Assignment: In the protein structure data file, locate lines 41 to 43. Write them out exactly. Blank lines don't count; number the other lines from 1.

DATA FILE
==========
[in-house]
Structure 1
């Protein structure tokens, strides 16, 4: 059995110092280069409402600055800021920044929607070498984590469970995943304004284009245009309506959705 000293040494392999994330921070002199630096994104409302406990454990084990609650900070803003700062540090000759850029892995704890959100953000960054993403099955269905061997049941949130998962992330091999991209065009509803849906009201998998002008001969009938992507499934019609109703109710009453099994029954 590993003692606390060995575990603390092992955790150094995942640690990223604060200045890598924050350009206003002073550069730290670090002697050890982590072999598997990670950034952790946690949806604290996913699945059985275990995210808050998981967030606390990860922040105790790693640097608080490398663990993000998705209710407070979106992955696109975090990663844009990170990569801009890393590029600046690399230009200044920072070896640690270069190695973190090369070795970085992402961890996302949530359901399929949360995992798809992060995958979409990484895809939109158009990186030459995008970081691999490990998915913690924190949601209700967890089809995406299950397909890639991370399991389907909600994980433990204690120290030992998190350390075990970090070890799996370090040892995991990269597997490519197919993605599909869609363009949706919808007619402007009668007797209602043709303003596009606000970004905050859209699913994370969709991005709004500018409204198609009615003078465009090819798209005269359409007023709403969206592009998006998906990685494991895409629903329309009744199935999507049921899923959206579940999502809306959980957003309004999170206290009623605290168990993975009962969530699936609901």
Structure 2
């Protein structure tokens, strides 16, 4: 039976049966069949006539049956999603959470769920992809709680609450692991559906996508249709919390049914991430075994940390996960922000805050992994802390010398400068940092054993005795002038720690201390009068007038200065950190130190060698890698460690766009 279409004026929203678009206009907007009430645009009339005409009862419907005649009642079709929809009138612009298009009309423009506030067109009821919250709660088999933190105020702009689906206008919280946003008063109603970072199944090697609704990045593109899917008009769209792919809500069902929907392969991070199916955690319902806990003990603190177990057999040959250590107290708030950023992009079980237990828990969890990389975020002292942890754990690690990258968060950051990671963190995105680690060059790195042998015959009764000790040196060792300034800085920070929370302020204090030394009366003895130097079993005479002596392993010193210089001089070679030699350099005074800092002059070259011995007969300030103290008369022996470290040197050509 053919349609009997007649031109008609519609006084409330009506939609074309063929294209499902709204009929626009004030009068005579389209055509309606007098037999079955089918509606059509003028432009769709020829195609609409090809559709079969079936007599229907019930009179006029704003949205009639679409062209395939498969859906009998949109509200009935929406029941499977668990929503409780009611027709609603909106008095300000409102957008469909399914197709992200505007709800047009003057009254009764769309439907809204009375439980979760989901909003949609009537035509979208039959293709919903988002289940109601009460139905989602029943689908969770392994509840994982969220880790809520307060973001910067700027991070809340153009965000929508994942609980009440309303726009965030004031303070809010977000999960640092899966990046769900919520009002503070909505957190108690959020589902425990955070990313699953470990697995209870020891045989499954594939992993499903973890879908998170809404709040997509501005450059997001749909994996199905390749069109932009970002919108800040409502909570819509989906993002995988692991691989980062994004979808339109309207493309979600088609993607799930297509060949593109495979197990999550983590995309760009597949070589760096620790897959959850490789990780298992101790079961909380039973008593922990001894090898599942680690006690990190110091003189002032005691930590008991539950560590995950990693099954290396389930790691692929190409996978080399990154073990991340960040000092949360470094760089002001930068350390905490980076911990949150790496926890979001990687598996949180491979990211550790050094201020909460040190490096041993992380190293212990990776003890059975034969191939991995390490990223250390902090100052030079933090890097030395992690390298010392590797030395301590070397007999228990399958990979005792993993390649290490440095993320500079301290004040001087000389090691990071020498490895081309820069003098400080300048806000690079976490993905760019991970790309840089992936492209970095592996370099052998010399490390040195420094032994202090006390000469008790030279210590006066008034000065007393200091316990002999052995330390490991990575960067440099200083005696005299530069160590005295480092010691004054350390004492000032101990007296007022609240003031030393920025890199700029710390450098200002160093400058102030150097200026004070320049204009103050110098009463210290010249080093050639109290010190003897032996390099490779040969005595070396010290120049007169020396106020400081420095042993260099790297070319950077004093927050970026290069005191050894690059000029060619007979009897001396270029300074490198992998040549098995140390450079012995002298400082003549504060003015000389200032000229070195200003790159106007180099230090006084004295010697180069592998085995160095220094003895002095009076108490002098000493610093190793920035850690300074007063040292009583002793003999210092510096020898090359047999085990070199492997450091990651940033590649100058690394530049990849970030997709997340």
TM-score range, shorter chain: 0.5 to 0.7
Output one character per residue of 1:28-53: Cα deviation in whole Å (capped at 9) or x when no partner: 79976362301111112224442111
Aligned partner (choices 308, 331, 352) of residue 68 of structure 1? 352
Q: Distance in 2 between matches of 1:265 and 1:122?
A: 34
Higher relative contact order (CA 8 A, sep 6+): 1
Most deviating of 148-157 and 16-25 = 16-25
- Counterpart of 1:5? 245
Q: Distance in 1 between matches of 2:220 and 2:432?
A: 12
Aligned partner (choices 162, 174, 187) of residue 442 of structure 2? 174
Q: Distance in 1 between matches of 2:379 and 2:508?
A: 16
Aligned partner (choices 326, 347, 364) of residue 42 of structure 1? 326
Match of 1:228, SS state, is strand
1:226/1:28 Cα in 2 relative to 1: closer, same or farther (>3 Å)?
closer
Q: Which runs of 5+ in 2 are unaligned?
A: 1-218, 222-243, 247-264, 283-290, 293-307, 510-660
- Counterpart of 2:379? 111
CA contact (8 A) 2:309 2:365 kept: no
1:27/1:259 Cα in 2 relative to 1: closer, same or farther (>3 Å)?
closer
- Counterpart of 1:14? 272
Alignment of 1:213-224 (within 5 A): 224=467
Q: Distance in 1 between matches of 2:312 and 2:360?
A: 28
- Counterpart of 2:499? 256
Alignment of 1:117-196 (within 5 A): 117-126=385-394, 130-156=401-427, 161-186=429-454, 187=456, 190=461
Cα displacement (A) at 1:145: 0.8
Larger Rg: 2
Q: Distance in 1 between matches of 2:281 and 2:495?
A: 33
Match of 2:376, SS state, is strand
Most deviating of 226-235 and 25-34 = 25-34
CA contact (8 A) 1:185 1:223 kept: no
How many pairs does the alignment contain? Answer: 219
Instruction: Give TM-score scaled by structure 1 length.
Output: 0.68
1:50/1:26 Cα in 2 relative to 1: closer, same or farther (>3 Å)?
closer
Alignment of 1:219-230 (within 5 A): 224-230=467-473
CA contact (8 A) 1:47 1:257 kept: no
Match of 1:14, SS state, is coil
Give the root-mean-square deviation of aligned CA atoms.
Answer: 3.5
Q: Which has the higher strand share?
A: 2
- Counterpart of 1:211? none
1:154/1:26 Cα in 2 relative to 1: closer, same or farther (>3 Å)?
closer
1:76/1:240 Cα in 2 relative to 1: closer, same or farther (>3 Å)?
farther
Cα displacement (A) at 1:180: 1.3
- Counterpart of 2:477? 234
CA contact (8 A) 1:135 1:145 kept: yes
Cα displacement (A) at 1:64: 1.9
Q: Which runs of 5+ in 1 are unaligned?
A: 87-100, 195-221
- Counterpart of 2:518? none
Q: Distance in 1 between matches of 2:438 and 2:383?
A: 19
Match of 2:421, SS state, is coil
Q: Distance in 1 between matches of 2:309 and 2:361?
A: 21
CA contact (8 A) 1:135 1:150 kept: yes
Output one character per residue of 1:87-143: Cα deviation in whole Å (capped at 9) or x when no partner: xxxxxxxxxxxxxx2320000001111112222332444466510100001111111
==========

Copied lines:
CA contact (8 A) 1:185 1:223 kept: no
How many pairs does the alignment contain? Answer: 219
Instruction: Give TM-score scaled by structure 1 length.